Counterfeiting Costs Jobs, Funds Organized Crime
Whether it’s counterfeit car parts, fake pharmaceuticals, pirated DVD movies, or cheap imitation designer purses, knock-off goods are becoming increasingly prevalent everywhere from flea markets and malls to direct-sales home parties and the internet.
Leaders from the business, legal, and academic communities and the RCMP are calling for stronger laws and resources to protect intellectual property (IP) rights in Canada.
They say counterfeiting and piracy are a growing problem that endangers people’s health and safety, funds organized crime, and stifles economic growth and innovation.
It might be tempting to pay $20 for multiple new or yet-to-be-released movies, or $40 for a bogus Louis Vuitton handbag as opposed to $800 for the real thing. But the public should know the risks and dangers of buying counterfeit and pirated products, said Sgt. Sylvain St-Jean, national intellectual property rights coordinator for the RCMP.
“The revenues usually go to organized crime,” he said. People buying these products could be funding drug and weapon trafficking, prostitution, or terrorism.
In addition, small, honest businesses selling authentic products at legitimate prices have a hard time competing and surviving, said Sgt. St-jean, adding that the RCMP investigates about 400 to 500 counterfeiting and piracy cases each year.
“If the public knew, for example, that many of the factories producing counterfeit products employ underage child labourers, or forced labourers, and use inferior materials that are very often unsafe, people might think twice before they buy anything that’s counterfeit,” said attorney Lorne Lipkus, who chairs the Canadian Anti-Counterfeiting Network’s (CACN’s) Education and Training Committee.
Examples of unsafe counterfeits include batteries that can explode, toothpaste contaminated with chemicals found in anti-freeze, and drug products that don’t contain the correct dosage of medicine.
A recent report by the Canadian Intellectual Property Council (CIPC), a coalition of companies supported by the Canadian Chamber of Commerce, said that weak domestic legislation “has allowed criminals to become rich from the proceeds gained from the sale of counterfeit goods, while at the same time the lack of regulation in the virtual world weakens the ability of industries to protect their intellectual property.”
‘Pervades every industry’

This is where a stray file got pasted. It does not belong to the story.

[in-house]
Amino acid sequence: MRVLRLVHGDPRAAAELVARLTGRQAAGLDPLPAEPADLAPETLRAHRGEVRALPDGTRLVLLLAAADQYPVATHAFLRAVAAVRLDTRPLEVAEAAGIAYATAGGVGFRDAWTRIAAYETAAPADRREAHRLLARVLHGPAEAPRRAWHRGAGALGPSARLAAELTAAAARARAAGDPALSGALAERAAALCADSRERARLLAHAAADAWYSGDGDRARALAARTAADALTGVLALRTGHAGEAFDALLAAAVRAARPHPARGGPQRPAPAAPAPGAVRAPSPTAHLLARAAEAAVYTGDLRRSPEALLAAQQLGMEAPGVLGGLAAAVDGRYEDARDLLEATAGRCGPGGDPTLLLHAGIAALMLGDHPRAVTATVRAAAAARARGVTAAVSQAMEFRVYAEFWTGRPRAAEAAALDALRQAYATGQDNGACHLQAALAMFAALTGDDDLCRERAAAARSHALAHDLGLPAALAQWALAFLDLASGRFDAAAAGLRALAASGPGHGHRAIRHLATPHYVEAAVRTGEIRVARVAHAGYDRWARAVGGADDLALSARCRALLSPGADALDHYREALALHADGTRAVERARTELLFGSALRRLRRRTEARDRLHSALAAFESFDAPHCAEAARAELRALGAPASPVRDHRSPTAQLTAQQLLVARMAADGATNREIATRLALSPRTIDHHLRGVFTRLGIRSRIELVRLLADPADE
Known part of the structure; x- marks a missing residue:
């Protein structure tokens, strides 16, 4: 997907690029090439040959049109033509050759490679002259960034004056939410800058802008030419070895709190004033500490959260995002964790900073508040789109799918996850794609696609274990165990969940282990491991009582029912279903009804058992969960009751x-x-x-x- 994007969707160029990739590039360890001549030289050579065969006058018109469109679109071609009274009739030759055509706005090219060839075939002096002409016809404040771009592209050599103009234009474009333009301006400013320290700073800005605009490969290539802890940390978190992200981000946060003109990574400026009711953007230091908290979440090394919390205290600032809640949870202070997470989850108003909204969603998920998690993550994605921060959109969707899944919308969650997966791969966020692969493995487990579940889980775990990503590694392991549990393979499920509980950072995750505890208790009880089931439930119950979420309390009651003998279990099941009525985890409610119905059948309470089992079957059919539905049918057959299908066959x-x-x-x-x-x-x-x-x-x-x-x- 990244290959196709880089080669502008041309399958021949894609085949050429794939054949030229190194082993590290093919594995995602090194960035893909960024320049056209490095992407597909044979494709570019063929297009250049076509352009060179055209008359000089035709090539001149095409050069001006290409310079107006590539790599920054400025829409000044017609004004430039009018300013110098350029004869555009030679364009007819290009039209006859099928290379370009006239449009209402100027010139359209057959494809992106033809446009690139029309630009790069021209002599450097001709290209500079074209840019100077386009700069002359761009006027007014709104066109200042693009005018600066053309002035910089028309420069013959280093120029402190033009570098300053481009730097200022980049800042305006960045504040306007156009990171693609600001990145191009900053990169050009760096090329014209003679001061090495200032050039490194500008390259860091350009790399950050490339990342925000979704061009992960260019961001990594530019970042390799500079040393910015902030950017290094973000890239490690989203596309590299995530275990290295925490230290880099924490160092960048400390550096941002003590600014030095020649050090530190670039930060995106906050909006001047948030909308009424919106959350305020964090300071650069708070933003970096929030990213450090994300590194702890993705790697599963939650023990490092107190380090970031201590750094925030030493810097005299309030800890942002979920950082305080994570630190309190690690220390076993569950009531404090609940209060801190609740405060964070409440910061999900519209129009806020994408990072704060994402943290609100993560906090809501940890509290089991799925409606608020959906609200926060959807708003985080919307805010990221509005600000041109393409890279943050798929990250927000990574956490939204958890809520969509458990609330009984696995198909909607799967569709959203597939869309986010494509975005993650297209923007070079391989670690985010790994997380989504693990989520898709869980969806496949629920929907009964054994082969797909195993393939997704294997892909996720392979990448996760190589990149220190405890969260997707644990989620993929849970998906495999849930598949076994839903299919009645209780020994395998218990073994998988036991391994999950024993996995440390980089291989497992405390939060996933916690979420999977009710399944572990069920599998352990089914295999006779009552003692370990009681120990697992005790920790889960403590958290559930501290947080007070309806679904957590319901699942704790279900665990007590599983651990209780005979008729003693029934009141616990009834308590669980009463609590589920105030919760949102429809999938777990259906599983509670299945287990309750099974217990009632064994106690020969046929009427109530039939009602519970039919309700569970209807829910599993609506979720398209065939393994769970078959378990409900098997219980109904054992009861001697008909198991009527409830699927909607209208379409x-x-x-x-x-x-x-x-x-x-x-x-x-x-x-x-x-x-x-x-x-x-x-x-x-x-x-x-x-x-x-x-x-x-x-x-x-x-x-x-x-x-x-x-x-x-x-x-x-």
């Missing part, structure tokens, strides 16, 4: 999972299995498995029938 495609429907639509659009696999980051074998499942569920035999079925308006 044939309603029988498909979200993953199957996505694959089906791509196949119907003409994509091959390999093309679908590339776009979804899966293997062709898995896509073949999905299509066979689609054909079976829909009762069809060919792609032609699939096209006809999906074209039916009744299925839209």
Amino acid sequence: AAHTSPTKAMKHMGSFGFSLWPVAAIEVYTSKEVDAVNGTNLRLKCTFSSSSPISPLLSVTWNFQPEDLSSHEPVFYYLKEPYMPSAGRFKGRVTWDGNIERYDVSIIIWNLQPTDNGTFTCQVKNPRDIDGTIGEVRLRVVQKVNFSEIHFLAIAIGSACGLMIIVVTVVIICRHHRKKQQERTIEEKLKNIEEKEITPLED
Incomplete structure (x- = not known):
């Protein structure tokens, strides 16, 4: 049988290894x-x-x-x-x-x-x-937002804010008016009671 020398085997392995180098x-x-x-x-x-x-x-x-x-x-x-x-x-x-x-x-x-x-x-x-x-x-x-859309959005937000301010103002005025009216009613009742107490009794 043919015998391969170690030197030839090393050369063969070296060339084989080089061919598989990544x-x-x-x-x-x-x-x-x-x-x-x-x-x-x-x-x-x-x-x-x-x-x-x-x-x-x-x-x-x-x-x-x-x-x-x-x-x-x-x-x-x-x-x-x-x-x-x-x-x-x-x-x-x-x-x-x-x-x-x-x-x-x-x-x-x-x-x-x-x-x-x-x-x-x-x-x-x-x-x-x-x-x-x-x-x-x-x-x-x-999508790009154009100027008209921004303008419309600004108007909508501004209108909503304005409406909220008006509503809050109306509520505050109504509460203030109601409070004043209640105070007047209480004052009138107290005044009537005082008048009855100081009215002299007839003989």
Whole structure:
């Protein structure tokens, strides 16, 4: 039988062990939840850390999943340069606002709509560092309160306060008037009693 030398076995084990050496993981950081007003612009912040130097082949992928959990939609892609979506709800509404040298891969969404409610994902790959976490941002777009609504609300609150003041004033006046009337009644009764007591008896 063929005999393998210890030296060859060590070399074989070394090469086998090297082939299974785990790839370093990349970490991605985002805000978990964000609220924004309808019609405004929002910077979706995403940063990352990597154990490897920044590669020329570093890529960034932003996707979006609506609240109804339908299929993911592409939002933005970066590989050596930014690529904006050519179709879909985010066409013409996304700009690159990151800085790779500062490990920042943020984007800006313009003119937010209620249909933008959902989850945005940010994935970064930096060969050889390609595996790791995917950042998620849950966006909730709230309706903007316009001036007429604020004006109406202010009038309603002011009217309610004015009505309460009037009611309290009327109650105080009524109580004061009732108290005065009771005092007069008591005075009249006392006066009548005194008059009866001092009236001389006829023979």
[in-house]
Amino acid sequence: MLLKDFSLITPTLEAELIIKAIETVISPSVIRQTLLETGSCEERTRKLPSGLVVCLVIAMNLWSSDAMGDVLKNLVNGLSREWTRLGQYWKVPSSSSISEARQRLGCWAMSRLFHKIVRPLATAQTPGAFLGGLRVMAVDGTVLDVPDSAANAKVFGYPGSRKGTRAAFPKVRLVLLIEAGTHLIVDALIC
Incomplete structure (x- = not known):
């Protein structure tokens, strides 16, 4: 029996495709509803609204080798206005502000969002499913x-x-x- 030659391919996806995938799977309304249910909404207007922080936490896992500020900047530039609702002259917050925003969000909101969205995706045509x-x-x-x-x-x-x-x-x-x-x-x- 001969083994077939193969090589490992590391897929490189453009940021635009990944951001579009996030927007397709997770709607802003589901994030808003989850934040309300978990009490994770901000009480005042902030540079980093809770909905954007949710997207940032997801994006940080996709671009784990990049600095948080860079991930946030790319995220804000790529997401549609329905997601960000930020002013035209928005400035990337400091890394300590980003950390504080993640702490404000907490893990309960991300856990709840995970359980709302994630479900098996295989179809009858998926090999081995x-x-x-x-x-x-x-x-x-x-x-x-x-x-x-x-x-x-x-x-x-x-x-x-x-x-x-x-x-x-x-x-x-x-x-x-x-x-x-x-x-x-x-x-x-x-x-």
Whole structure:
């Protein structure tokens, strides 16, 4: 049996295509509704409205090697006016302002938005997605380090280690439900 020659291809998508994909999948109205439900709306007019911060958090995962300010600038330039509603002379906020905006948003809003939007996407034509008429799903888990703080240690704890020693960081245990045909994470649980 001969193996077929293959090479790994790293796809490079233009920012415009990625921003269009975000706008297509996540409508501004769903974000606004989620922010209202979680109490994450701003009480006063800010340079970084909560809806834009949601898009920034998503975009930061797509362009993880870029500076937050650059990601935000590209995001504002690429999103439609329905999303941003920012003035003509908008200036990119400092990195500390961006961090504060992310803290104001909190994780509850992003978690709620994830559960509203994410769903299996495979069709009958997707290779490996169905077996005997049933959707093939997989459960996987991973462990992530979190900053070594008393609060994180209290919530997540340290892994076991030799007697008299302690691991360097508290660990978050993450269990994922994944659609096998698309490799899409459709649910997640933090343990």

Theft of intellectual property “pervades every industry. It’s not just luxury goods,” said CIPC’s director Chris Gray.
Everything from copyrighted music, software, video, and publications, to trademarked goods and services, to patented ideas and inventions can be stolen. Counterfeiters make huge profits, taking advantage of the design, marketing, and advertising paid for by the legitimate companies.
“Very often it’s an underground economy employing people who are paid through the black market, so even though these sales are taking place, no taxes are being paid.” Mr. Lipkus said.
The CIPC report notes that counterfeiting and piracy cost the Canadian economy an estimated $22 billion annually in lost tax revenue, investment, and innovation.
It’s a $600-billion worldwide problem facing global economies, according to the International Chamber of Commerce (ICC).
And these activities result in lost jobs.
“Especially in this uncertain economic climate, one of the things we need to do is hang onto knowledge-based jobs, and intellectual property rights is obviously very much linked to innovation and jobs,” Mr. Gray said.
Tom Corr, chief executive officer of the Accelerator Centre at University of Waterloo, agreed. The region of Waterloo has been very successful creating jobs in the high-technology sector.
“It’s very important for economic purposes that intellectual property is protected,” whether it is through patents, copyrights, trademarks, trade secrets, or other means, depending on the type of IP, he said.
“It’s really making sure that we can attract the entrepreneurs and investors to take the time and invest the money in the new technology that’s developed, knowing it will be protected.”